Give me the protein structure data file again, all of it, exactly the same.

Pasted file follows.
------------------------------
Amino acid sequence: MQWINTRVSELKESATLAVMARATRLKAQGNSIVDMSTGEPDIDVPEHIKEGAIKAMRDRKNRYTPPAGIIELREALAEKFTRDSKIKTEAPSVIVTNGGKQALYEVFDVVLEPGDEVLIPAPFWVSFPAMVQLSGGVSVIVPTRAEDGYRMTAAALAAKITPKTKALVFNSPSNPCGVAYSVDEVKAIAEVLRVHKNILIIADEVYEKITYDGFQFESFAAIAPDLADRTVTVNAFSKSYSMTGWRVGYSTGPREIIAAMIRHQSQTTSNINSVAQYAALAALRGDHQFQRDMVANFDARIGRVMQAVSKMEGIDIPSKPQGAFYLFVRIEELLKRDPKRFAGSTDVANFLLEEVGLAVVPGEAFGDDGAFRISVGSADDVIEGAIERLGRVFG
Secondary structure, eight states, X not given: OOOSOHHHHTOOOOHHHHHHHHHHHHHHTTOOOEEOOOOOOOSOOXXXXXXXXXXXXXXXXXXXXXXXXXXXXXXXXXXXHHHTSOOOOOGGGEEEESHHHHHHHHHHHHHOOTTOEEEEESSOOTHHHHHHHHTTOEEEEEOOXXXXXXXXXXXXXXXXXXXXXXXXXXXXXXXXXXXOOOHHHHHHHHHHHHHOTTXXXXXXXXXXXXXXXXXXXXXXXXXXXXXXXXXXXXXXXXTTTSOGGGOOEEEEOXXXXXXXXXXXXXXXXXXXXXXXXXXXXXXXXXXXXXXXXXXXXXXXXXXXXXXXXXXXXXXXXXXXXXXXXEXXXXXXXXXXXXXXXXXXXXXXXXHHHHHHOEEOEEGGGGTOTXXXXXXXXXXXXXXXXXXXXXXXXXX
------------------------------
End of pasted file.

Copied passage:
Amino acid sequence: MQWINTRVSELKESATLAVMARATRLKAQGNSIVDMSTGEPDIDVPEHIKEGAIKAMRDRKNRYTPPAGIIELREALAEKFTRDSKIKTEAPSVIVTNGGKQALYEVFDVVLEPGDEVLIPAPFWVSFPAMVQLSGGVSVIVPTRAEDGYRMTAAALAAKITPKTKALVFNSPSNPCGVAYSVDEVKAIAEVLRVHKNILIIADEVYEKITYDGFQFESFAAIAPDLADRTVTVNAFSKSYSMTGWRVGYSTGPREIIAAMIRHQSQTTSNINSVAQYAALAALRGDHQFQRDMVANFDARIGRVMQAVSKMEGIDIPSKPQGAFYLFVRIEELLKRDPKRFAGSTDVANFLLEEVGLAVVPGEAFGDDGAFRISVGSADDVIEGAIERLGRVFG
Secondary structure, eight states, X not given: OOOSOHHHHTOOOOHHHHHHHHHHHHHHTTOOOEEOOOOOOOSOOXXXXXXXXXXXXXXXXXXXXXXXXXXXXXXXXXXXHHHTSOOOOOGGGEEEESHHHHHHHHHHHHHOOTTOEEEEESSOOTHHHHHHHHTTOEEEEEOOXXXXXXXXXXXXXXXXXXXXXXXXXXXXXXXXXXXOOOHHHHHHHHHHHHHOTTXXXXXXXXXXXXXXXXXXXXXXXXXXXXXXXXXXXXXXXXTTTSOGGGOOEEEEOXXXXXXXXXXXXXXXXXXXXXXXXXXXXXXXXXXXXXXXXXXXXXXXXXXXXXXXXXXXXXXXXXXXXXXXXEXXXXXXXXXXXXXXXXXXXXXXXXHHHHHHOEEOEEGGGGTOTXXXXXXXXXXXXXXXXXXXXXXXXXX